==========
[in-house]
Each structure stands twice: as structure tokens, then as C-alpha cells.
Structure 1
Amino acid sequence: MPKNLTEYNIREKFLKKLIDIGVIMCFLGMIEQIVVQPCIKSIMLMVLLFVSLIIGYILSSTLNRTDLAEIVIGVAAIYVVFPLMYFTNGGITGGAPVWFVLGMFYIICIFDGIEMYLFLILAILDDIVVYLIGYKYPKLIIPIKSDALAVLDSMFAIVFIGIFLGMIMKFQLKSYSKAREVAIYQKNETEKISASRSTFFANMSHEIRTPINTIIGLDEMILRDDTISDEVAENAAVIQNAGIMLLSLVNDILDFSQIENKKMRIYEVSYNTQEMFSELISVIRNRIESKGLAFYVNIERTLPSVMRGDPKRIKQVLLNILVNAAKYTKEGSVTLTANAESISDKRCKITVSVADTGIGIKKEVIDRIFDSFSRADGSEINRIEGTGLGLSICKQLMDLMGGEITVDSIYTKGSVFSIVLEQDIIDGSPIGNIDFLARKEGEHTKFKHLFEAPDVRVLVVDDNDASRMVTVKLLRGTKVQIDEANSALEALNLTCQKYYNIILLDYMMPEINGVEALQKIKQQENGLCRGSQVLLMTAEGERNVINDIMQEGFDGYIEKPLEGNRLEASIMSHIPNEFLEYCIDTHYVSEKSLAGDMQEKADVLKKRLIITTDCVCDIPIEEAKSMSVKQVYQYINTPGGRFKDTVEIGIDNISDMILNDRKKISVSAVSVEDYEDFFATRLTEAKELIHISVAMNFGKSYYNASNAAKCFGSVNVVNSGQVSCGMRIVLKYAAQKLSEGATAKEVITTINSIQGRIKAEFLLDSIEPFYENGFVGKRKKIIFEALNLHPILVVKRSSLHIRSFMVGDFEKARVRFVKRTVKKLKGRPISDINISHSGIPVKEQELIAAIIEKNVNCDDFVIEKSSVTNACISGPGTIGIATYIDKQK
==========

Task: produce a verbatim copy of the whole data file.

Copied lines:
[in-house]
Each structure stands twice: as structure tokens, then as C-alpha cells.
Structure 1
Amino acid sequence: MPKNLTEYNIREKFLKKLIDIGVIMCFLGMIEQIVVQPCIKSIMLMVLLFVSLIIGYILSSTLNRTDLAEIVIGVAAIYVVFPLMYFTNGGITGGAPVWFVLGMFYIICIFDGIEMYLFLILAILDDIVVYLIGYKYPKLIIPIKSDALAVLDSMFAIVFIGIFLGMIMKFQLKSYSKAREVAIYQKNETEKISASRSTFFANMSHEIRTPINTIIGLDEMILRDDTISDEVAENAAVIQNAGIMLLSLVNDILDFSQIENKKMRIYEVSYNTQEMFSELISVIRNRIESKGLAFYVNIERTLPSVMRGDPKRIKQVLLNILVNAAKYTKEGSVTLTANAESISDKRCKITVSVADTGIGIKKEVIDRIFDSFSRADGSEINRIEGTGLGLSICKQLMDLMGGEITVDSIYTKGSVFSIVLEQDIIDGSPIGNIDFLARKEGEHTKFKHLFEAPDVRVLVVDDNDASRMVTVKLLRGTKVQIDEANSALEALNLTCQKYYNIILLDYMMPEINGVEALQKIKQQENGLCRGSQVLLMTAEGERNVINDIMQEGFDGYIEKPLEGNRLEASIMSHIPNEFLEYCIDTHYVSEKSLAGDMQEKADVLKKRLIITTDCVCDIPIEEAKSMSVKQVYQYINTPGGRFKDTVEIGIDNISDMILNDRKKISVSAVSVEDYEDFFATRLTEAKELIHISVAMNFGKSYYNASNAAKCFGSVNVVNSGQVSCGMRIVLKYAAQKLSEGATAKEVITTINSIQGRIKAEFLLDSIEPFYENGFVGKRKKIIFEALNLHPILVVKRSSLHIRSFMVGDFEKARVRFVKRTVKKLKGRPISDINISHSGIPVKEQELIAAIIEKNVNCDDFVIEKSSVTNACISGPGTIGIATYIDKQK